iWork for iCloud, Office Mobile reveal rivals’ different strategies as they both chase iPhone’s millions
By Gregg Keizer
Rivals Apple and Microsoft bookended the week by revealing productivity tools aimed at the same pool of customers: The millions who own Apple’s iPhone.
On Monday, Apple unveiled iWork for iCloud, a trio of Web apps that run in a browser on OS X, Windows and iOS — and while not explicitly supported, likely even Android via Chrome — and allow document creation and editing on all of a user’s devices. They are the iWork apps Pages, Numbers and Keynote already available as native applications on OS X and iOS, but ported to the Web.
The last day of the workweek, Microsoft unleashed Office Mobile for iPhone. The app, which features Word, Excel and PowerPoint document viewing alongside some elementary editing, is written for the iPhone, but users can run the app on Retina-equipped iPads and the iPad Mini if they can stomach the real-size-of-the-iPhone display or a 2X-expanded look, the two options the iPad gives native iPhone apps.
iWork for iCloud won’t reach a public beta phrase until this fall, while Office Mobile was good to go on Friday. Apple’s not said whether — and if so, how much — it will charge for iWork for iCloud. Microsoft’s tied Office Mobile to an active Office 365 account, which costs $99 annually for consumers and more than that for each business user. No Office 365 subscription, no Office Mobile.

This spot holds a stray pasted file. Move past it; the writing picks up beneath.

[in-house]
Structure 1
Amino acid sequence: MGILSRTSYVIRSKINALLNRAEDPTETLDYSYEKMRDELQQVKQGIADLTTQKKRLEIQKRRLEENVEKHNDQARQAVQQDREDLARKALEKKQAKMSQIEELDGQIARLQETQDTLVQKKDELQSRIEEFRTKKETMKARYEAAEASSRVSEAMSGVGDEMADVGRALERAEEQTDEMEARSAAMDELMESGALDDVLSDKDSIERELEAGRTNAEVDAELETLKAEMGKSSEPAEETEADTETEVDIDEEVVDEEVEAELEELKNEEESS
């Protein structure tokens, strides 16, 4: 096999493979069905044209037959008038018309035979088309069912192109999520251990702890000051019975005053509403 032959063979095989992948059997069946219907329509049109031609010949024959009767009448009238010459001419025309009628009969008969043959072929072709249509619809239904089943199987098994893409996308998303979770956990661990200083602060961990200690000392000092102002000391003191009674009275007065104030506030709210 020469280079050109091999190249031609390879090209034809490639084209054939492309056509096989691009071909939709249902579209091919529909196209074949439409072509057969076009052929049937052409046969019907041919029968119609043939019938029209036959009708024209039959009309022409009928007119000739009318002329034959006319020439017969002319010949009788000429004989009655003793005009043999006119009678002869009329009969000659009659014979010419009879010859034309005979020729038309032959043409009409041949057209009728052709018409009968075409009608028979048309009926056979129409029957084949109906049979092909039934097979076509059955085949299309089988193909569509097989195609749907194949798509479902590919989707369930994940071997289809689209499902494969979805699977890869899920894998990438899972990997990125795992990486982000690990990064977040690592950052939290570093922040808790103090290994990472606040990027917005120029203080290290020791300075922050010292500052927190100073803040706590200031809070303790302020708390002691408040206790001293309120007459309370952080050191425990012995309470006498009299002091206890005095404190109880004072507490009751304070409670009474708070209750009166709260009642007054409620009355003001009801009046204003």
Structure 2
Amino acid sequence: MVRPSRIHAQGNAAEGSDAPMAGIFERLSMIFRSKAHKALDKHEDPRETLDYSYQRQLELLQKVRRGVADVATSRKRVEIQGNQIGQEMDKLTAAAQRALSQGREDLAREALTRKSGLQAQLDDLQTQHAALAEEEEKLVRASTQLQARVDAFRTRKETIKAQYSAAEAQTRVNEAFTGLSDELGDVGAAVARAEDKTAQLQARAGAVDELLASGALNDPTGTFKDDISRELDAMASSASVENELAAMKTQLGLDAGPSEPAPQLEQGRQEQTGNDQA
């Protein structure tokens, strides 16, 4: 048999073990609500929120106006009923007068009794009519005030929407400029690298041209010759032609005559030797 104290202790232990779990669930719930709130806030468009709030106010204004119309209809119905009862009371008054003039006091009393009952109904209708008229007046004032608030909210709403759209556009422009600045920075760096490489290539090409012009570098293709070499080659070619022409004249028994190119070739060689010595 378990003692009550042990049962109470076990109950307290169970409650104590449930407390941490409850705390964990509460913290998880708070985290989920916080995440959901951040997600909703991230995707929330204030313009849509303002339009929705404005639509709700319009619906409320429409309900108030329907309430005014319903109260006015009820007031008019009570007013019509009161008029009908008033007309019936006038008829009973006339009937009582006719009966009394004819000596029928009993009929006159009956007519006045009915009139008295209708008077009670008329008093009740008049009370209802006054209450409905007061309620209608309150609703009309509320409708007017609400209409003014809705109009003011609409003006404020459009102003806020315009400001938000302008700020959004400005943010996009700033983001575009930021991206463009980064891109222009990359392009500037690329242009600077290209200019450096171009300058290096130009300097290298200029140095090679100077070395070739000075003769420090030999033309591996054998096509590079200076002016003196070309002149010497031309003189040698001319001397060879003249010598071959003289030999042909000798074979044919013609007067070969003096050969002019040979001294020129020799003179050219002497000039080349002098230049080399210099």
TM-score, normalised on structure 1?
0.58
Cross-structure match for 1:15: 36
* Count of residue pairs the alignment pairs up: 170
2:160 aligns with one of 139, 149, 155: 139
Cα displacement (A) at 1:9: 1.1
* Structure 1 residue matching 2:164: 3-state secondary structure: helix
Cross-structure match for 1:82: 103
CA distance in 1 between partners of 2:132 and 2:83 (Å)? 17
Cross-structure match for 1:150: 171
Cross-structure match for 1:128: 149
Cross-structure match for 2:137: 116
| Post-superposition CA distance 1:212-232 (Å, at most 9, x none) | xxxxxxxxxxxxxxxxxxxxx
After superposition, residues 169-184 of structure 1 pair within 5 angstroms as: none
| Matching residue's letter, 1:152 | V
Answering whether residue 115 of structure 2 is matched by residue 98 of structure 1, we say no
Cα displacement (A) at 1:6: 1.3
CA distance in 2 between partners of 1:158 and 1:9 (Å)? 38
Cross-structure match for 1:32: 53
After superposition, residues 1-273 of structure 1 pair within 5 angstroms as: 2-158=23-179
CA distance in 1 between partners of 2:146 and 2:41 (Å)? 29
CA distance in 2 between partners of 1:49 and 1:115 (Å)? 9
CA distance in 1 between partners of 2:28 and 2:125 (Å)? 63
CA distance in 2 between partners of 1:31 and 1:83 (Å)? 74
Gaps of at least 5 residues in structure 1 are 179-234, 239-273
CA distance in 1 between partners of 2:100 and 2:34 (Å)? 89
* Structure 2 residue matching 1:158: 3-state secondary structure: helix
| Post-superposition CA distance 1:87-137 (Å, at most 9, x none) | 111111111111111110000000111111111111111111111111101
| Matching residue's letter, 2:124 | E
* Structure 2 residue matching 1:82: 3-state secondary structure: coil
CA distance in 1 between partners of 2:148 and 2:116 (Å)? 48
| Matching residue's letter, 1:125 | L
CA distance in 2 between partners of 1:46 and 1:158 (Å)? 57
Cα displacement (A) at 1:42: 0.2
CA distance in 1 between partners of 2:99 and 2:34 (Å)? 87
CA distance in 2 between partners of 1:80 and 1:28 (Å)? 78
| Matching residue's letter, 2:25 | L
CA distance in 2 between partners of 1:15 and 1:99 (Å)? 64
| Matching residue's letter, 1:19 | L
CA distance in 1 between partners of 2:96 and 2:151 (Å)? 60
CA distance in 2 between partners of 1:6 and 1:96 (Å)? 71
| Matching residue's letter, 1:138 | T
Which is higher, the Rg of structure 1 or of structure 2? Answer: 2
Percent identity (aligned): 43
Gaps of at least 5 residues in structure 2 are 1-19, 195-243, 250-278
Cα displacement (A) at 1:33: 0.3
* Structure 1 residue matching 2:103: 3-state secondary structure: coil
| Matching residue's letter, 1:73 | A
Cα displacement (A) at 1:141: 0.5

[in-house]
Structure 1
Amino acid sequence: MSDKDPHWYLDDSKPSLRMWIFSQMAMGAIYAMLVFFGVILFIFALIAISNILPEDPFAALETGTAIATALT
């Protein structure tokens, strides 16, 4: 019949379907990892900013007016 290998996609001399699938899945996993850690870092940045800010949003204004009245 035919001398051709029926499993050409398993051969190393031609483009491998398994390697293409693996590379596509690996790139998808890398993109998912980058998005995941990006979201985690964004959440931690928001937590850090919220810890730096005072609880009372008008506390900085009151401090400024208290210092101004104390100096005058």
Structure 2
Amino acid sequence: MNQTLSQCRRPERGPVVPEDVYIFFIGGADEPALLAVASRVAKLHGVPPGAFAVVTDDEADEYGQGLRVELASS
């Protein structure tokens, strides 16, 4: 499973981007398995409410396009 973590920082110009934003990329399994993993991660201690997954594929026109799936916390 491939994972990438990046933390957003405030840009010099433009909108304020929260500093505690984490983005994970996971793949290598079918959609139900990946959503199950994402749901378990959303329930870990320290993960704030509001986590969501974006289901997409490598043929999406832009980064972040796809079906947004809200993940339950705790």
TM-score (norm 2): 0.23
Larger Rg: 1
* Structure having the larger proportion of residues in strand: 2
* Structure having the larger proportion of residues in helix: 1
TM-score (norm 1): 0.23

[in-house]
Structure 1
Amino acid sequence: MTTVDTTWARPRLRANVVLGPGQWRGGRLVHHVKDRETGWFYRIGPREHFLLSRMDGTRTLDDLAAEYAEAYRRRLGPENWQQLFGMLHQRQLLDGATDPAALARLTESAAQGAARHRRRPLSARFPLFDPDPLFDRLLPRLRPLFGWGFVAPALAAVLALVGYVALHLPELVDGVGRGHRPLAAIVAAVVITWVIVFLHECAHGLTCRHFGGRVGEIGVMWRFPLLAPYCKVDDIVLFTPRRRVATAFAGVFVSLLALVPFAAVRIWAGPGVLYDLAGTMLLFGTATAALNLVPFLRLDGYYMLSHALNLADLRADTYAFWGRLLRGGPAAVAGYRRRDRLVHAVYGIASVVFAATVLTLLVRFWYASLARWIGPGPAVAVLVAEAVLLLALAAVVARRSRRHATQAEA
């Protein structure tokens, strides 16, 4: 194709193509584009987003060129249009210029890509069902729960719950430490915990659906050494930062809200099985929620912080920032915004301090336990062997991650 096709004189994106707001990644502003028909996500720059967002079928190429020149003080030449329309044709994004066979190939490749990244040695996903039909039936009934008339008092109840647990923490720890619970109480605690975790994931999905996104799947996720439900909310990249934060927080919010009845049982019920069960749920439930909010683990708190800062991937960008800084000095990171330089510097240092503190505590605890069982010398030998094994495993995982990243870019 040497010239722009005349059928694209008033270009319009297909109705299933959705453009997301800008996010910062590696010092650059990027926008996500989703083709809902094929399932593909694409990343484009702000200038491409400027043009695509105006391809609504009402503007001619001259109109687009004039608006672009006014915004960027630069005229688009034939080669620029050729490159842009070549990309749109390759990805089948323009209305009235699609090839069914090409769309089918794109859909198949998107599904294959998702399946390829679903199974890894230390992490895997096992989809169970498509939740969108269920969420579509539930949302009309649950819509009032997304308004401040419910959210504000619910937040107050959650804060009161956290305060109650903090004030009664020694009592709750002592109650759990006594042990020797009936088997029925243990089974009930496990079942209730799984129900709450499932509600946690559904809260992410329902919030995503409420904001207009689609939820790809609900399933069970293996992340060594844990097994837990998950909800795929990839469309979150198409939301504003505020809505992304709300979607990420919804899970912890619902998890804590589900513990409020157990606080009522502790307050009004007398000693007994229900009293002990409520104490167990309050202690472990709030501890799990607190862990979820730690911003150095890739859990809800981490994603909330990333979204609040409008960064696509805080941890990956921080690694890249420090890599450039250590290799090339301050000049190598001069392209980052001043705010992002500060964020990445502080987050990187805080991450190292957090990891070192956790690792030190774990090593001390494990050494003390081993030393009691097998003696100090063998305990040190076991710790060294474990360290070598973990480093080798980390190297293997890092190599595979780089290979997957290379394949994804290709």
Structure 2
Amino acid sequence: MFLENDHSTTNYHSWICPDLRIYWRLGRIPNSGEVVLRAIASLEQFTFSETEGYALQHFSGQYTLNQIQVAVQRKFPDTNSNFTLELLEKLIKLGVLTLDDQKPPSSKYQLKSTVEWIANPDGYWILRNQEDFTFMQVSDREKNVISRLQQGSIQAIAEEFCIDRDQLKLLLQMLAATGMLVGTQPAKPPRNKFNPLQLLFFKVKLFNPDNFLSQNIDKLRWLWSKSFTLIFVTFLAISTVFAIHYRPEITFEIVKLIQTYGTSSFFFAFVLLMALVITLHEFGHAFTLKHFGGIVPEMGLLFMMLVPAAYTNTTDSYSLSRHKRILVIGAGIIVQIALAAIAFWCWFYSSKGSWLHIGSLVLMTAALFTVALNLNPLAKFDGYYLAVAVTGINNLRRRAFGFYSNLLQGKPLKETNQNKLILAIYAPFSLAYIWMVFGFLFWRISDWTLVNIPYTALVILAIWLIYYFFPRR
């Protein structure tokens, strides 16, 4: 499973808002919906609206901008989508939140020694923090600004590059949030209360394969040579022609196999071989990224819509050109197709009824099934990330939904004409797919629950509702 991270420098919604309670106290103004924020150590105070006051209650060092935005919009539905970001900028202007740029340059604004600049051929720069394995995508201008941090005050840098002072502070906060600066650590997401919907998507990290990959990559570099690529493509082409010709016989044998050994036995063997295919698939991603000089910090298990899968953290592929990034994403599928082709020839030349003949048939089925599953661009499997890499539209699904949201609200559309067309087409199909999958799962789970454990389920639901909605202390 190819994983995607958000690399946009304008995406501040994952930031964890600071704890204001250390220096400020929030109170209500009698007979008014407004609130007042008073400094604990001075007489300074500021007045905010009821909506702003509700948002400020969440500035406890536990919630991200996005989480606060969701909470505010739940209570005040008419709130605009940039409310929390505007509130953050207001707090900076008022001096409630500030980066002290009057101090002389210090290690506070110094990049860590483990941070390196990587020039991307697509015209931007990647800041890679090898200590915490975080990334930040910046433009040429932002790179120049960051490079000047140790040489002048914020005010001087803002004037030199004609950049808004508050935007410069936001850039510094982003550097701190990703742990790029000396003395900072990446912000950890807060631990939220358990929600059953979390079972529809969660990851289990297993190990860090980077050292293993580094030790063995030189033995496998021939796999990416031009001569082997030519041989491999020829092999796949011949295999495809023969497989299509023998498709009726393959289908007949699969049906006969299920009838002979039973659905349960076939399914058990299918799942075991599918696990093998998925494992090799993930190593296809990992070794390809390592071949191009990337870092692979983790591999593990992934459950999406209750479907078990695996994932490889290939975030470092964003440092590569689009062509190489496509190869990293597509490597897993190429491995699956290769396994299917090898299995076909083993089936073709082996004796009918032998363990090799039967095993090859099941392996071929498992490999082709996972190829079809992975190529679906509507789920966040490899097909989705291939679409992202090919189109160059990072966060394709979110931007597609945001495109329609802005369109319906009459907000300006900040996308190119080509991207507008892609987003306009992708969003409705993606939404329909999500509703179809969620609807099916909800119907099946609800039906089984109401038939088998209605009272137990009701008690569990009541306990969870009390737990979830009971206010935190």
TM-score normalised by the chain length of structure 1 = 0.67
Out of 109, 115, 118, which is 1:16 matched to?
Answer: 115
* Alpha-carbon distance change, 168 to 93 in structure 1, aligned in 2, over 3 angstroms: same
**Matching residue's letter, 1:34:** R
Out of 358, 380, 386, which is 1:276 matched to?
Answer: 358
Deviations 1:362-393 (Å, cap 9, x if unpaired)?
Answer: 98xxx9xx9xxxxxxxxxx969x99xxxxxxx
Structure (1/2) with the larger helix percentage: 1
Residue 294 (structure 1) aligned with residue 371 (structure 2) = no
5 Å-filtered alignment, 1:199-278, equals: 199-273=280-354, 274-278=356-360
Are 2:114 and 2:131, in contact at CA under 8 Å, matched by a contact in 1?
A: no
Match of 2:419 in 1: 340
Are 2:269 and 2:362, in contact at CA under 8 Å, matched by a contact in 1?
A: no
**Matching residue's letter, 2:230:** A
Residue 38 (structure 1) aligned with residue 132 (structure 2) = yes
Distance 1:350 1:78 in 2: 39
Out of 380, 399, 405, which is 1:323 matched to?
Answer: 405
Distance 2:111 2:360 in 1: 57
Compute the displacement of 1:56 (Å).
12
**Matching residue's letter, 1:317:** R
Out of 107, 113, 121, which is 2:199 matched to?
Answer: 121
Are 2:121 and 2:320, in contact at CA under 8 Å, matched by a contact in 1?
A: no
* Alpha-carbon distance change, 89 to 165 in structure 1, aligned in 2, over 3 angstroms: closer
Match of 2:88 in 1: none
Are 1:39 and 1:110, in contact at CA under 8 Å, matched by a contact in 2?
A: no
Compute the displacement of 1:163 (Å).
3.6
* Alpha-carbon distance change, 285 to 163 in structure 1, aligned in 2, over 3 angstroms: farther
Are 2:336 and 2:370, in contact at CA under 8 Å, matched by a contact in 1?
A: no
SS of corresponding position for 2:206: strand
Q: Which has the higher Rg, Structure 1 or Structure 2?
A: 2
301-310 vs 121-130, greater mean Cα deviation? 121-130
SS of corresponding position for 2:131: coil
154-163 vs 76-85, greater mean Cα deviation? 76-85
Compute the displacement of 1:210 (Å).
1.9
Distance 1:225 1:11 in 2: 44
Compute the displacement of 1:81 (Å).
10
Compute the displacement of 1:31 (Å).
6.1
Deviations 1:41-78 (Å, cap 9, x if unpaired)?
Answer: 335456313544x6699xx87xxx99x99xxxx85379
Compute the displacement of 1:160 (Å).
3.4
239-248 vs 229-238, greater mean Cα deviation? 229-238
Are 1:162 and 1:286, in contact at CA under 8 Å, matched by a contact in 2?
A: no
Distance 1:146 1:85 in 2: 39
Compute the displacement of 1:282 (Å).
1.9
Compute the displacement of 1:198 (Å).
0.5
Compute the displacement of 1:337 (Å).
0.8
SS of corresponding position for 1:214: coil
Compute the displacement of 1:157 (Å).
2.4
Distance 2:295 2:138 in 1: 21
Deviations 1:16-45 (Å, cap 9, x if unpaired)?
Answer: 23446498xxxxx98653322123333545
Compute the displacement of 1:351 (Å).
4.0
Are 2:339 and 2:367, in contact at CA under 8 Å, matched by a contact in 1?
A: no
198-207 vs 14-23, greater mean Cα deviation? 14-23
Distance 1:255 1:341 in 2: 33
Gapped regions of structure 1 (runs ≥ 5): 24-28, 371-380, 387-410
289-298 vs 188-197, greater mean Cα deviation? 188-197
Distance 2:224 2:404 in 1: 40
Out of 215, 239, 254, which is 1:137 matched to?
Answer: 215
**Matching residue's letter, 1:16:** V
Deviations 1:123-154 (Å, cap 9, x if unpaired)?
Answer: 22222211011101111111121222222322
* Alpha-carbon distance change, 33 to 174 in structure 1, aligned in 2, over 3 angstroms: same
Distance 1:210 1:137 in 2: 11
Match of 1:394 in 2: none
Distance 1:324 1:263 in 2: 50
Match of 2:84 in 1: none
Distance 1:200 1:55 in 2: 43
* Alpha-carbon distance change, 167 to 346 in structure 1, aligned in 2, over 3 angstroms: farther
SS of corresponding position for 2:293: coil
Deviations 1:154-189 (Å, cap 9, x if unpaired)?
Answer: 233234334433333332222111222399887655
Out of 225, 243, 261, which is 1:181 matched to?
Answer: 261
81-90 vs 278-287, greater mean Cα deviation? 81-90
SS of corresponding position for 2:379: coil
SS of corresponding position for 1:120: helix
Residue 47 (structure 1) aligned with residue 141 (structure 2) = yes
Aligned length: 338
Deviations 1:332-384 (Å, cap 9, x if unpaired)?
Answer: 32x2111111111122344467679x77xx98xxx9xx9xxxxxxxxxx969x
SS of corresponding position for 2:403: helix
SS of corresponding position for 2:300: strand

The two releases in the span of five days caught the attention of one analyst. “I found the timing very interesting,” said Bob O’Donnell of IDC in a Friday interview. “In the same week that Apple announced iWork for iCloud, which is a pretty credible threat to Office on the iPad and iPhone, Microsoft does this.”
The launch of Office Mobile did come as a surprise: Previous reports had pegged a fall 2014 launch for Office, albeit for both iPhone and iPad. The suddenness made it easy to interpret as a rushed response to iWork for iCloud.
But the lead time required to get an app approved by Apple for the App Store makes it more likely that it was coincidental. In fact, Apple, not Microsoft, may have been the one that made a last-minute decision. Reports have had Microsoft haggling with Apple for months over terms of the latter’s cut for Office 365 subscriptions purchased within the iOS app, and Apple would certainly have known of the timeline for Office Mobile’s launch in the App Store.
Timing aside, the two initiatives take very different tacks. While iWork for iCloud appears to be part of Apple’s long-running strategy to keep its users within its own ecosystem, Microsoft’s is an attempt to tap into the iOS market and make some of them paying customers.